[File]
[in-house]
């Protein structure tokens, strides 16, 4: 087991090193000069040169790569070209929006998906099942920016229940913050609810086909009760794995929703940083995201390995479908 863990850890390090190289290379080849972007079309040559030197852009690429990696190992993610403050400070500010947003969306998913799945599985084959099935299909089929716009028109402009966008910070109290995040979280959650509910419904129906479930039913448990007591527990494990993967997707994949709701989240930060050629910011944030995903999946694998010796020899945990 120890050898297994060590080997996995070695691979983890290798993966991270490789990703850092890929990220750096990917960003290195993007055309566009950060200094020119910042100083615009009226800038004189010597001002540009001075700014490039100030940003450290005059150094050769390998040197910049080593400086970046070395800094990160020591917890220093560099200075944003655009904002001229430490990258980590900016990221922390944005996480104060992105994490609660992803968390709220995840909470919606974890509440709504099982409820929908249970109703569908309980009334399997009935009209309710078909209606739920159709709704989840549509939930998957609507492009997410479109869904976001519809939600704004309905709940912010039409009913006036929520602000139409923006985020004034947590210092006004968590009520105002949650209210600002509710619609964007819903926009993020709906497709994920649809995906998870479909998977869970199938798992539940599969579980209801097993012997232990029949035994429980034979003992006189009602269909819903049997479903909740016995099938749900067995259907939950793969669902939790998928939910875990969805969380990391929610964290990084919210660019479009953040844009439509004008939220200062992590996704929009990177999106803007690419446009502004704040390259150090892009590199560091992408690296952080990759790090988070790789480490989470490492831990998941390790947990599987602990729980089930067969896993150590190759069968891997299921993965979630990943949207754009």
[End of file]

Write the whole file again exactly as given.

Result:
[in-house]
């Protein structure tokens, strides 16, 4: 087991090193000069040169790569070209929006998906099942920016229940913050609810086909009760794995929703940083995201390995479908 863990850890390090190289290379080849972007079309040559030197852009690429990696190992993610403050400070500010947003969306998913799945599985084959099935299909089929716009028109402009966008910070109290995040979280959650509910419904129906479930039913448990007591527990494990993967997707994949709701989240930060050629910011944030995903999946694998010796020899945990 120890050898297994060590080997996995070695691979983890290798993966991270490789990703850092890929990220750096990917960003290195993007055309566009950060200094020119910042100083615009009226800038004189010597001002540009001075700014490039100030940003450290005059150094050769390998040197910049080593400086970046070395800094990160020591917890220093560099200075944003655009904002001229430490990258980590900016990221922390944005996480104060992105994490609660992803968390709220995840909470919606974890509440709504099982409820929908249970109703569908309980009334399997009935009209309710078909209606739920159709709704989840549509939930998957609507492009997410479109869904976001519809939600704004309905709940912010039409009913006036929520602000139409923006985020004034947590210092006004968590009520105002949650209210600002509710619609964007819903926009993020709906497709994920649809995906998870479909998977869970199938798992539940599969579980209801097993012997232990029949035994429980034979003992006189009602269909819903049997479903909740016995099938749900067995259907939950793969669902939790998928939910875990969805969380990391929610964290990084919210660019479009953040844009439509004008939220200062992590996704929009990177999106803007690419446009502004704040390259150090892009590199560091992408690296952080990759790090988070790789480490989470490492831990998941390790947990599987602990729980089930067969896993150590190759069968891997299921993965979630990943949207754009």